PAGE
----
Archive for the ‘Saturday Matinee’ Category

Saturday Matinee – All Your Bass Are Belong To Us

Saturday, 25 July 2015

Postmodern Jukebox‘s “All About That Bass” has just the right amount of slink with a cool bass stunt.

There’s some serious funkslappin going on in Marcus Miller‘s 2008 jam version of Tower of Power‘s 1973 hit “What Is Hip.”

This 6-string bass street jammer’s pretty good, too.

We’ve posted Willie Dixon‘s classic “Bassology” before, and it’s a good wrap up for this edition of The Saturday Matinee. Have a great weekend, folks.

Saturday Matinee – RT & The 44’s, Speedbuggy USA, Dave & Phil Alvin

Saturday, 18 July 2015

RT N’ THE 44s is Swimmy Webb, Brendan Willard, Leif Bunting, Johnny Sneed, and RT Valine. Featuring Timbo of Speedbuggy on slide can [via]. Awesome roots rock.

Speedbuggy USA cranks it. How about some more retro?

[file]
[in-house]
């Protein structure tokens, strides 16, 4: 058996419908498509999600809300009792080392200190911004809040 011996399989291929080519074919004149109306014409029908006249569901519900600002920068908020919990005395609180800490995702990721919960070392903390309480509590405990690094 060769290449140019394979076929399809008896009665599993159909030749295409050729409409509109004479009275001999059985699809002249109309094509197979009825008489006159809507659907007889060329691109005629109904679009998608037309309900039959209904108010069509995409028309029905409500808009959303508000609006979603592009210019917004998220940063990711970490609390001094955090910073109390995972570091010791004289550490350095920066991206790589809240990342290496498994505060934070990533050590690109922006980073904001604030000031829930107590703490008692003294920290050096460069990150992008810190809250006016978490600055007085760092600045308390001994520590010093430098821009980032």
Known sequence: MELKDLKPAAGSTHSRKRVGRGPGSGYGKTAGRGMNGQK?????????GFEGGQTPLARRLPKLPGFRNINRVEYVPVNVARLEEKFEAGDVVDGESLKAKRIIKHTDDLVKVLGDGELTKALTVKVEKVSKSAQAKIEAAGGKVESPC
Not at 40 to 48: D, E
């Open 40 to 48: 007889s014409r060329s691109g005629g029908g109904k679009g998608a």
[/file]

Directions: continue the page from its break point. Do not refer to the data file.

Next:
The Blasters were awesome and put on a great show when I saw them at the Whiskey in 1981 or so. (They were the warmup band for The Fabulous Thunderbirds.) Here are brothers Phil and Dave Alvin pickin’ and flickin’ in 2014.

Have a great weekend, folks.
Be back here tomorrow for more stuff.

Saturday Matinee – Bonus

Saturday, 11 July 2015

To lighten it up a tad from the previous rant, this is clever.

[via]

 

The Saturday Matinee Dixie Edition – Duane Eddy, Little Feat & The Band

Saturday, 11 July 2015

confederate-flag-military-0